Half The Houses In Puerto Rico Were Built Illegally

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Tim Pearce Energy Reporter
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As much as half of Puerto Rico’s housing was thrown together illegally by local handymen with materials scraped together and scavenged from dumps, the Miami Herald reports.

Hurricane Maria ravaged the island five months ago. Now, Puerto Rico is beginning to come to terms with a housing crisis that will last for years.

Puerto Rico’s building regulations are comparable to Florida’s own strict codes, meant to withstand hurricane force winds, but many residents living in the island’s more rural communities forgo compliance. Islanders skimping on structural integrity is not surprising when building code enforcement is scarce. Puerto Rico’s official poverty rate is at 44 percent, according to Miami Herald.

“At the end of the road, it’s lack of planning and controls,” Toa Baja Mayor Bernardo Márquez García told the Miami Herald. “The impact of Maria is that now we have to rethink where we were and where we’re going. The other thing Maria brought is awareness. After suffering what we have suffered, I haven’t the least doubt that people are very receptive to education about doing things differently.”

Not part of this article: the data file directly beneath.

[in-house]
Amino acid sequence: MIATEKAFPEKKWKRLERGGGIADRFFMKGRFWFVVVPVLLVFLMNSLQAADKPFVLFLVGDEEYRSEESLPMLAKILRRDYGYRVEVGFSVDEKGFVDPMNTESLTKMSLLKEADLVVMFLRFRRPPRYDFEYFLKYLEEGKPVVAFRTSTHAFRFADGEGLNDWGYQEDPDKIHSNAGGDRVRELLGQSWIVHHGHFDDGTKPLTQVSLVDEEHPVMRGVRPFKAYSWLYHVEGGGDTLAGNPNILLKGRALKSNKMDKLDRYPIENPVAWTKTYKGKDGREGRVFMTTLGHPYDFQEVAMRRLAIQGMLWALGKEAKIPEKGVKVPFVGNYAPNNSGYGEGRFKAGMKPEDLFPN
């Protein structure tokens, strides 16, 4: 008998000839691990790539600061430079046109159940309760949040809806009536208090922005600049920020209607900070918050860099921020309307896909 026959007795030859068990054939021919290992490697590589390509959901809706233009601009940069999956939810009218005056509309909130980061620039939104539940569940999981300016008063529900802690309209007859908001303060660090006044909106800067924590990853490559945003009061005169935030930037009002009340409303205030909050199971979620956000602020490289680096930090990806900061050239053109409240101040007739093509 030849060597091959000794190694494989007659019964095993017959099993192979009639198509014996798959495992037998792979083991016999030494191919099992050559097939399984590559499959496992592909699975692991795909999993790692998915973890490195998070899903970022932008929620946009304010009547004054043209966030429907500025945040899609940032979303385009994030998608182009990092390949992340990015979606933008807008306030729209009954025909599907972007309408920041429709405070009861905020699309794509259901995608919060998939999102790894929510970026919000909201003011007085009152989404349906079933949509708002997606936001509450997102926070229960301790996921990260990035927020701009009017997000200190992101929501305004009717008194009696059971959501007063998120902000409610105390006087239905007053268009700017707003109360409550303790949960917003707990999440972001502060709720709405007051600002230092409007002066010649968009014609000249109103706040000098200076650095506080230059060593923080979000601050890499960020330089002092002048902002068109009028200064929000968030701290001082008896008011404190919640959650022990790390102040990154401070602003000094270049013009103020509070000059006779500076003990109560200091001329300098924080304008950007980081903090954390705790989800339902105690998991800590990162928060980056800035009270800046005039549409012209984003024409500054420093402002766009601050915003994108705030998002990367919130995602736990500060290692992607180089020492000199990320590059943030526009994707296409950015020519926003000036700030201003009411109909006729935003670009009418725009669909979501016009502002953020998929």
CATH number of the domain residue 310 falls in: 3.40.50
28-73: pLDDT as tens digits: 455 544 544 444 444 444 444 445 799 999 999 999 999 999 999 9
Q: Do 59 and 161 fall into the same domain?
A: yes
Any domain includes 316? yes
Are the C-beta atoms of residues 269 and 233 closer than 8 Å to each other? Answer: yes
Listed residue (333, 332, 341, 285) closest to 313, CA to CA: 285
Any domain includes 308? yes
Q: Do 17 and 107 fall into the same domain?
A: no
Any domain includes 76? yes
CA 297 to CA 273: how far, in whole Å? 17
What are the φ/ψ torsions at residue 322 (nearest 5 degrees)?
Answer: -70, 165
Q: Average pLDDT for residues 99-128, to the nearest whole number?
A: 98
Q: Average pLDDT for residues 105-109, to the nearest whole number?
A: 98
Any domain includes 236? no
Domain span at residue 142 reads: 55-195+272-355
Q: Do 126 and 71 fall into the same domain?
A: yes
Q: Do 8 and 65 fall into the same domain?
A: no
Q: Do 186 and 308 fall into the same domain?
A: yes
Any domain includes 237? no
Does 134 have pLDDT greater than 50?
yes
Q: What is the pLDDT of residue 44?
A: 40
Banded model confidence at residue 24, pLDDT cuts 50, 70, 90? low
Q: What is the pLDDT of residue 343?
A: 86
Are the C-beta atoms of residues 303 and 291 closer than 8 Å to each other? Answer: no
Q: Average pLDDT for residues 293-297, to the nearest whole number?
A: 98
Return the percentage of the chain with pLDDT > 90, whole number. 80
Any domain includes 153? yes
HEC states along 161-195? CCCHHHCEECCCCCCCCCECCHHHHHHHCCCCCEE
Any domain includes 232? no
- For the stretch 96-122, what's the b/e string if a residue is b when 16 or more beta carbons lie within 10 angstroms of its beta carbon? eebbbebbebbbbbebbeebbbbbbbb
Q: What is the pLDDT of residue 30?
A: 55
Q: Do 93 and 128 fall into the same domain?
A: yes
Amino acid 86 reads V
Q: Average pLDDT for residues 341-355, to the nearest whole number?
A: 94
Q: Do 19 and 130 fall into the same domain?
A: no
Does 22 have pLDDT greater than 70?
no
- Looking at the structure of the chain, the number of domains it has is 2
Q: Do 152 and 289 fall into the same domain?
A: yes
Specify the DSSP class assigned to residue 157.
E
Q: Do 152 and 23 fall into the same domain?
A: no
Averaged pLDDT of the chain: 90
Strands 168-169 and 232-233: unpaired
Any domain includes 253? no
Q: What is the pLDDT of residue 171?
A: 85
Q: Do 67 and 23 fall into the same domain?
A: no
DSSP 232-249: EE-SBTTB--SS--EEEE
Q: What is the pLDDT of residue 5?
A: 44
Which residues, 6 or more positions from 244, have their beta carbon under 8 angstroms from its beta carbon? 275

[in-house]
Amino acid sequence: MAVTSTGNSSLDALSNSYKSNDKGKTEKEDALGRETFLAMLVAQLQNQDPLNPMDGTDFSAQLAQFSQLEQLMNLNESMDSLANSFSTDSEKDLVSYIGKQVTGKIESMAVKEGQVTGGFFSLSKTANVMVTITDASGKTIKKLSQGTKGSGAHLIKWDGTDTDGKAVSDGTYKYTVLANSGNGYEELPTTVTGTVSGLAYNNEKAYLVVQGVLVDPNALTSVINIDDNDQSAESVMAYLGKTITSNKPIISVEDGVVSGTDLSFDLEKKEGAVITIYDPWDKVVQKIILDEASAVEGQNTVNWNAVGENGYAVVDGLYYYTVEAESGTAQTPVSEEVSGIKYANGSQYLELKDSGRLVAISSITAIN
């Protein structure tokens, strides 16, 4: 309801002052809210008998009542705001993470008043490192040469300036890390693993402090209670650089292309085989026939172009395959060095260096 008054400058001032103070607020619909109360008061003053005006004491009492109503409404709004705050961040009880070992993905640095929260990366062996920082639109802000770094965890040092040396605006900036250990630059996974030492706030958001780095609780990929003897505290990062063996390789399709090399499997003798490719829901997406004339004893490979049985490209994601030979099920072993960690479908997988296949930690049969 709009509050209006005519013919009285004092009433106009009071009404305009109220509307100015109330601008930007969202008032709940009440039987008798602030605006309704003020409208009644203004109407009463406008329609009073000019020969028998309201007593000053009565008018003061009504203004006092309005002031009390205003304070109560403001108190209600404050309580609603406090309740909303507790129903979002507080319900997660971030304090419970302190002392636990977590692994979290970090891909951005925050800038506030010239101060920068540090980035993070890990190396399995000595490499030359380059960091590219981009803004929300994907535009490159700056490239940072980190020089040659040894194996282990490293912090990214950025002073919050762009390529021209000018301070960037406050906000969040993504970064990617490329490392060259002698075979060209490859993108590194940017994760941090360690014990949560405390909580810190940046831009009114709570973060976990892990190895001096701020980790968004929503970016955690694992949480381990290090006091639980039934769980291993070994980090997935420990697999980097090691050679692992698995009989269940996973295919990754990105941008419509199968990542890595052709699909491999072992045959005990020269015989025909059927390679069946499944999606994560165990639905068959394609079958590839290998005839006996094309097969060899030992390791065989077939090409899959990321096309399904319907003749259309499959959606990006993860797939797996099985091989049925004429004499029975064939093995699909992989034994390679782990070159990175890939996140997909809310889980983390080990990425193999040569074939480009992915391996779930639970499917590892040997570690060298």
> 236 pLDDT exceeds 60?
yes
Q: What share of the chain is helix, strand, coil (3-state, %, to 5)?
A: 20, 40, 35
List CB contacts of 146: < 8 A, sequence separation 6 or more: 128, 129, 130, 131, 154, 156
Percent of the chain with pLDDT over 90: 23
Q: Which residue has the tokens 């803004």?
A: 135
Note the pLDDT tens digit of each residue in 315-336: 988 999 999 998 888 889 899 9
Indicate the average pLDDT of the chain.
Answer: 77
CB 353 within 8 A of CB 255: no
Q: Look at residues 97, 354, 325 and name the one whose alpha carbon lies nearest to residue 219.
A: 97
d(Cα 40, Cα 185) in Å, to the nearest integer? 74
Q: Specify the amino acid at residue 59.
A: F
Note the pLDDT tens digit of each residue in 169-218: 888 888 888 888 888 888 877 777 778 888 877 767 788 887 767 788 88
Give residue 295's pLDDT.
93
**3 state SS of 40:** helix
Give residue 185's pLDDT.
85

The illegal housing on the island was hit the hardest, and likely makes up the vast majority of the 250,000 houses counted so far with major damage. Officials expect that number will rise to 300,000. Around 1.1 million households have filed for disaster aid from the Federal Emergency Management Agency (FEMA), so far.

At least 70,000 of the homes listed with major damage are completely destroyed.

Nearly 4,000 families that are homeless because of Maria are living out of hotels paid for through FEMA’s Transitional Shelter Assistance program. The funding is running out, though, and the families will either have to cover the expense themselves or move back to ruined homes, possibly without electricity, by March 20, CNN reports.

For about 200 families, FEMA funding ran out Wednesday. However, the agency says that is because their houses were repaired or deemed habitable.

FEMA is currently paying for 873 households staying in hotels on Puerto Rico, 1,488 in Florida, 600 in Massachusetts, 243 in New York, 167 in Connecticut and 177 in Pennsylvania, according to CNN.

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